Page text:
1 Peter 4:3-5
Here’s a new twist on a message that we have heard many times before:
“For the time that has passed is sufficient for doing what the Gentiles like to do: living in debauchery, evil desires, drunkenness, orgies, carousing, and wanton idolatry. They are surprised that you do not plunge into the same swamp of profligacy, and they vilify you; but they will give an account to him who stands ready to judge the living and the dead.” -1 Peter 4:3-5, NAB
In these daily bible studies, we began by taking a deeper look at 1 Corinthians. We went verse by verse through this popular book of the New Testament. While some consider it the “book of love,” we read over and over about letting go of this world and using our gifts to follow Christ. Now, as we move onto 1 Peter, we have heard again, multiple times, to let go of this world. Getting the hint yet?
Since we have heard this message before, I wanted to key in on one key aspect, and I will continue to do this each time this topic comes up. This time, I want to focus on profligacy. What is profligacy? Don’t worry – I had to look it up too. FreeDictionary.com says that it means to be “recklessly wasteful” or “wildly extravagant.” So, the Gentiles (nonbelievers) are in a swamp of wastefulness and extravagance.
Many things in life might be acceptable for us until we go to the point of being wasteful. We need to eat to survive, but we should not let our food consume us. An alcoholic drink is okay to have once in awhile, but constantly getting drunk leads us to sin. Even sex is acceptable in the right setting (between husband and wife), but our overly abundant sexual lifestyles with multiple partners is not pleasing to God.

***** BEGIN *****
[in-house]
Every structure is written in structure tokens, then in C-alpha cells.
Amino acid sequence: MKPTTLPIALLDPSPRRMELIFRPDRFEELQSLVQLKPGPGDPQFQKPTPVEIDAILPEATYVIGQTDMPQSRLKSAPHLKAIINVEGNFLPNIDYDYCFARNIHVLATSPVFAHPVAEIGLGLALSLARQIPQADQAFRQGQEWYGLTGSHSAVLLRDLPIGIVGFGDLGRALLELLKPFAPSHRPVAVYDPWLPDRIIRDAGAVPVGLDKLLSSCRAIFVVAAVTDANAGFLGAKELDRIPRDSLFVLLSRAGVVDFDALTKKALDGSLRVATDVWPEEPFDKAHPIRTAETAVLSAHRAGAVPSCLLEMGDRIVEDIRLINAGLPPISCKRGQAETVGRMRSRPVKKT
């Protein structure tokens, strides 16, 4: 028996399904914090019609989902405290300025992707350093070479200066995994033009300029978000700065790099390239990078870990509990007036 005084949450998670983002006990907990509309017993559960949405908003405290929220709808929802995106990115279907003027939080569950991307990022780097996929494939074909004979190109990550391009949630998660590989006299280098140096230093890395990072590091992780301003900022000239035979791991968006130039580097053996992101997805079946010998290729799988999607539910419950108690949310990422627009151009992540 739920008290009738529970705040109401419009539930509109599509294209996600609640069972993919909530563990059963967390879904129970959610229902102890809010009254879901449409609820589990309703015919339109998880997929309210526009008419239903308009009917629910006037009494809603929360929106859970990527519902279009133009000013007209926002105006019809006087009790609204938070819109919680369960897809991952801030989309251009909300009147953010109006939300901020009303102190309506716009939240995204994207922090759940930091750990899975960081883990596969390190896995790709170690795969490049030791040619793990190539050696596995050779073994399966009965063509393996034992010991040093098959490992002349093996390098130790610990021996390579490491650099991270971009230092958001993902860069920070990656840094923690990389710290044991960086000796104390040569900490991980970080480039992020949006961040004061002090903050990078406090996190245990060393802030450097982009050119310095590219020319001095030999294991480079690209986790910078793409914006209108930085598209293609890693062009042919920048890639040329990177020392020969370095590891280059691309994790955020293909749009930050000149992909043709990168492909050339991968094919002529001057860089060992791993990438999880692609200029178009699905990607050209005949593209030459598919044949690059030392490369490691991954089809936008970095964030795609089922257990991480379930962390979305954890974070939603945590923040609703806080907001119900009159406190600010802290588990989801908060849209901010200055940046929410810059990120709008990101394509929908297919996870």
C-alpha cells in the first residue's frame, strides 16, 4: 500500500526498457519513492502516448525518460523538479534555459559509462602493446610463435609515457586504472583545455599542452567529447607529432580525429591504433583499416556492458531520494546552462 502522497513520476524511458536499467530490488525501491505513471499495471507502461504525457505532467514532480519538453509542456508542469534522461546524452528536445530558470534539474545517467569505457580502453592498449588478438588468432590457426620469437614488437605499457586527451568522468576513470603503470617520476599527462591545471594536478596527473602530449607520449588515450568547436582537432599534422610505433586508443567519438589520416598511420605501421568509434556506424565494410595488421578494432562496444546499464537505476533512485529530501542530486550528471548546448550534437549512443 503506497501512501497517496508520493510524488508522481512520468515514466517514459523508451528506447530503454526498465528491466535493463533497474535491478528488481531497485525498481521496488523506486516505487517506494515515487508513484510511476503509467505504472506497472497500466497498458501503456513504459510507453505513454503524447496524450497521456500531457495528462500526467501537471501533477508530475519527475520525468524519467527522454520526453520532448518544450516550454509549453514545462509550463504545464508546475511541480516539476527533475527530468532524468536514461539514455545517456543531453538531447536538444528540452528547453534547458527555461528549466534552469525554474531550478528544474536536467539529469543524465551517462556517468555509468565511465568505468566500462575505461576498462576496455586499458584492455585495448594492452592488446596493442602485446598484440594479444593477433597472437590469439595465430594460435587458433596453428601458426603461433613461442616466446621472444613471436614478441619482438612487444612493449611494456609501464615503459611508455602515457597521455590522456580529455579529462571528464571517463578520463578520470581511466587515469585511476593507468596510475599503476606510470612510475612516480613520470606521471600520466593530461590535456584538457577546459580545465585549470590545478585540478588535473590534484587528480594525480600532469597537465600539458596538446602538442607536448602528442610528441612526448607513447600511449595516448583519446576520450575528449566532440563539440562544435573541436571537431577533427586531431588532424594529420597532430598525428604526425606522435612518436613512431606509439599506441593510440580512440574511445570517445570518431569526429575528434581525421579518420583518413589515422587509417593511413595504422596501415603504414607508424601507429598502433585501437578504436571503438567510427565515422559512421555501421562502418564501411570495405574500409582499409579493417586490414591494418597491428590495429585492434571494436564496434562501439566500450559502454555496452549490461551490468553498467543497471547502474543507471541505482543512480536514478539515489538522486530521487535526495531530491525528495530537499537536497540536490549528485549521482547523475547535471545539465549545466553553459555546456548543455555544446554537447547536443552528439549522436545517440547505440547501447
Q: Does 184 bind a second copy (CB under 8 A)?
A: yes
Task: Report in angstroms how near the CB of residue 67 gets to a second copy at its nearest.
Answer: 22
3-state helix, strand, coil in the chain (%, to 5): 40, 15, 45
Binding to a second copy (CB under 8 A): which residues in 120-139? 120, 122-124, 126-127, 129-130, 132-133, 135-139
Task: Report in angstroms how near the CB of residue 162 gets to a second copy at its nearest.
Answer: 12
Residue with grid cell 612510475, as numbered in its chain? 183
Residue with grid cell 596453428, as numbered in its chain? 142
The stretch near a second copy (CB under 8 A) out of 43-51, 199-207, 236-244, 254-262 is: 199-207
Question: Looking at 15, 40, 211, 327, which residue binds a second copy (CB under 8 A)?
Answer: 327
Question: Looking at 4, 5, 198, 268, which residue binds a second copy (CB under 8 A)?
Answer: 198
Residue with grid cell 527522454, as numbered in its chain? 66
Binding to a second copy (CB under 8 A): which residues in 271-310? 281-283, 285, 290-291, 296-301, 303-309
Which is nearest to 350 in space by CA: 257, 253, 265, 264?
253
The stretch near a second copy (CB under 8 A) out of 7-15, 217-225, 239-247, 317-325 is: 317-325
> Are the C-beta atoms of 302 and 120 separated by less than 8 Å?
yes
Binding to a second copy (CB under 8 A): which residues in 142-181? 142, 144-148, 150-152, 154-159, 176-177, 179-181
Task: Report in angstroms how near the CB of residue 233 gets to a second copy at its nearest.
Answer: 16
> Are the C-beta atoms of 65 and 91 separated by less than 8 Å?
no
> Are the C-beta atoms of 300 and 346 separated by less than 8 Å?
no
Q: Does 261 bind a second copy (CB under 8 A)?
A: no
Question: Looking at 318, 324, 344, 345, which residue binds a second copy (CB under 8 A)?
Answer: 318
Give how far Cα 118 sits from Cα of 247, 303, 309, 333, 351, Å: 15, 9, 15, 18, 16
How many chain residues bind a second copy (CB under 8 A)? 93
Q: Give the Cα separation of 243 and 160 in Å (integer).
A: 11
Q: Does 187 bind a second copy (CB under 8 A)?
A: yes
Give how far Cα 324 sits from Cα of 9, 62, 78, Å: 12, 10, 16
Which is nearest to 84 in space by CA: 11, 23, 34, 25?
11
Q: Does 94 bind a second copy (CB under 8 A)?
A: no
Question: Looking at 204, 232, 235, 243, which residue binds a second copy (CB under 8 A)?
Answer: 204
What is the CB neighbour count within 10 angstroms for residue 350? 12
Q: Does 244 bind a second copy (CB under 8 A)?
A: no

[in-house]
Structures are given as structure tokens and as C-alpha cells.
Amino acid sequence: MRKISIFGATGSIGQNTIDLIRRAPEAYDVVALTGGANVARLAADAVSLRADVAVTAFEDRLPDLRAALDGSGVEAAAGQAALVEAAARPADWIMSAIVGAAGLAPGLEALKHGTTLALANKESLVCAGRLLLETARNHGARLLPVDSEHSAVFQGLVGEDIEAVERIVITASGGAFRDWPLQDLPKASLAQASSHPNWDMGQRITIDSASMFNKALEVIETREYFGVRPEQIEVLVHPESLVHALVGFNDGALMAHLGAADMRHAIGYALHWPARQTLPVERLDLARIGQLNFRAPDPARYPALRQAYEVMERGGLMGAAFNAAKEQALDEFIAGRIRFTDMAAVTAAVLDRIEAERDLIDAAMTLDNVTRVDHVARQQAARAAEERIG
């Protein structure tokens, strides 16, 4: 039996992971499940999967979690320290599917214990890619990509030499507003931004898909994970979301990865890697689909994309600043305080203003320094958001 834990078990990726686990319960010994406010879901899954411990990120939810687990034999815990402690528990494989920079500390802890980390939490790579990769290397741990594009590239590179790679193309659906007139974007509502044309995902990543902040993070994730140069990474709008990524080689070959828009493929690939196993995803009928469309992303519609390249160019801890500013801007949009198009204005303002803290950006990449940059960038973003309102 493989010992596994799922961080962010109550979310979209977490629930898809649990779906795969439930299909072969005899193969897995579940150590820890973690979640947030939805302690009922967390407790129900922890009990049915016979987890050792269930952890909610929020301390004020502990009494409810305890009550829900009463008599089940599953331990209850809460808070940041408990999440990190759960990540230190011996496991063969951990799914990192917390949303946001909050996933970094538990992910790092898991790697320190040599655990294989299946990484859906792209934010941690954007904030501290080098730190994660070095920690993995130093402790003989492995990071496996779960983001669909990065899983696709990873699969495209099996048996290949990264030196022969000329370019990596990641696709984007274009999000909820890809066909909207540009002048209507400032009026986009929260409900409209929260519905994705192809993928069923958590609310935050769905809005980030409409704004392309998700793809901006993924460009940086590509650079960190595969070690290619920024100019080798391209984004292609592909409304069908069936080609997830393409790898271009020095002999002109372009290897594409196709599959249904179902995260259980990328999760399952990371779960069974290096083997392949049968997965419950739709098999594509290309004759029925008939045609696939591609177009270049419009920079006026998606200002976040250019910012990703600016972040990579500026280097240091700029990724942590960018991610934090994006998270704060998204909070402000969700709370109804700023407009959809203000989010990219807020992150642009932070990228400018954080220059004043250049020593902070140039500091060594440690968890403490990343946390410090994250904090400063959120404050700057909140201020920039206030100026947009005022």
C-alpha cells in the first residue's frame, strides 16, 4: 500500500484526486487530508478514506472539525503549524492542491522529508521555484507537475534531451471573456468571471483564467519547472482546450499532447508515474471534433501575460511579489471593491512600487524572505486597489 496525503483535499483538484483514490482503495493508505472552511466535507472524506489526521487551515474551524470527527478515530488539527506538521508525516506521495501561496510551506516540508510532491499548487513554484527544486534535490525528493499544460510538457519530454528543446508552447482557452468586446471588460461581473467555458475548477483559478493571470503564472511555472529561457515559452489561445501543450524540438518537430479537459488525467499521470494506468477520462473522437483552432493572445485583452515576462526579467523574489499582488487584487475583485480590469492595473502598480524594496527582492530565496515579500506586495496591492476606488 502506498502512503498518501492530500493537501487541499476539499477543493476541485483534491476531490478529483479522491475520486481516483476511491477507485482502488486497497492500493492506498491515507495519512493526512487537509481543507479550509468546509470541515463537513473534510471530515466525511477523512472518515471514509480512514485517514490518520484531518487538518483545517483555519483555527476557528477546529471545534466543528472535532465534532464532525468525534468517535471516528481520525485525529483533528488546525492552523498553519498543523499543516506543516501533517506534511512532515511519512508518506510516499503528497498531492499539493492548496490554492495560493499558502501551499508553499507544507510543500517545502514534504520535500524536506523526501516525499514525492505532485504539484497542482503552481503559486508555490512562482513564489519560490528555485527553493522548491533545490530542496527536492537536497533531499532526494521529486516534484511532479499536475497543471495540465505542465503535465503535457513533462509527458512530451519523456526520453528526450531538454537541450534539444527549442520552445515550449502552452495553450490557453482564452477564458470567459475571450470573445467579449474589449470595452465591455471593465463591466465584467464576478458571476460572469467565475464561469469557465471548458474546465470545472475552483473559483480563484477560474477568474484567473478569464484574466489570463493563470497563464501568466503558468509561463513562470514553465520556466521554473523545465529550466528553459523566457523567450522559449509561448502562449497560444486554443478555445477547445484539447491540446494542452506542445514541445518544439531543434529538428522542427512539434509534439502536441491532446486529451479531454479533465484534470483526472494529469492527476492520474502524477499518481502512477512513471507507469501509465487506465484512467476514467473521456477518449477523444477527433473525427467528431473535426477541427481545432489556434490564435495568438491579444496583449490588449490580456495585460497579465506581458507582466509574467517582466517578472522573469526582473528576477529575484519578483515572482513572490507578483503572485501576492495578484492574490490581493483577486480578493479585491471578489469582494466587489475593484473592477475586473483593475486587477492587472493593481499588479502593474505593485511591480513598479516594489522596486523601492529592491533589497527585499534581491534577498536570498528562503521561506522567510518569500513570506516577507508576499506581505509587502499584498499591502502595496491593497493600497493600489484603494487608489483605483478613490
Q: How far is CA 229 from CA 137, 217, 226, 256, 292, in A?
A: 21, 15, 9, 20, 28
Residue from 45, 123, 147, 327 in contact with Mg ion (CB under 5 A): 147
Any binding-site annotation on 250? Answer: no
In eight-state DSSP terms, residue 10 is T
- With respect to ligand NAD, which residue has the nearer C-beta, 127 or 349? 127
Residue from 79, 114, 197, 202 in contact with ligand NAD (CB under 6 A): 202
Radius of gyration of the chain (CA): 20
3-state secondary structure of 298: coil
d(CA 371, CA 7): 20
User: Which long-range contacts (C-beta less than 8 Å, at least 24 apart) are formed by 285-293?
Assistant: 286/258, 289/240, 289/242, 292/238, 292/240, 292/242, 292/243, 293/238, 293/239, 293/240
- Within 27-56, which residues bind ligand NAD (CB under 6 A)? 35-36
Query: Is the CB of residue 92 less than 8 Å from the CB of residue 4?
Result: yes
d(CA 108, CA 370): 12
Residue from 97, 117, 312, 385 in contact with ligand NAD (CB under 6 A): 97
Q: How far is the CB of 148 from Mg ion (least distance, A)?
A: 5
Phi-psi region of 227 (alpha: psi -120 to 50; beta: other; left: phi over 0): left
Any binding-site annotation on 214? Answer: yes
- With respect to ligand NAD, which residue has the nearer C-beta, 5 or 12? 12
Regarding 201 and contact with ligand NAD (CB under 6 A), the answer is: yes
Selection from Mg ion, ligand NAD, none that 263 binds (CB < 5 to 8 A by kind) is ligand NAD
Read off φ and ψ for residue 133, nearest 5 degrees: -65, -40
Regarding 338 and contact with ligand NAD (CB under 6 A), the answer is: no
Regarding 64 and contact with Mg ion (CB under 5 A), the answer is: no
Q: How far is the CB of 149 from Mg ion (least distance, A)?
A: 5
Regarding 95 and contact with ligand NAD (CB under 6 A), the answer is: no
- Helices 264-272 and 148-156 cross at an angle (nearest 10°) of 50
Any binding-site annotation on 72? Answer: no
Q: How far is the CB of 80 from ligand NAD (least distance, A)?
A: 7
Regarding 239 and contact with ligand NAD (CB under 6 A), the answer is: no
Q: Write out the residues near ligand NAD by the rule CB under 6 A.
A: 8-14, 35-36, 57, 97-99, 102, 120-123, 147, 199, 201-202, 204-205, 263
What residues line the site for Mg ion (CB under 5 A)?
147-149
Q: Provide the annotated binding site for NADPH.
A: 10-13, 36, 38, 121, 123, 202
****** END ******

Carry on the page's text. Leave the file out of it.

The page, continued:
In all of these things, it is our overindulgence that causes us to sin. We have taken what God gave us for good, and we have made it evil out of our selfish desires. We stop seeing the beauty in life, and we only live to feed our passions. We need to keep holy things holy, and not overindulge in them. We must not become wasteful or overly extravagant. We should remember the true purpose of these aspects of our lives.
The world is decaying fast, but that does not mean that we have to decay with it. They are seeking happiness through pleasures of the flesh, and they will never find it. Meanwhile, we have found the true source of happiness in our faith, and we cannot allow the world to lure us away from that. In everything, moderation is the key.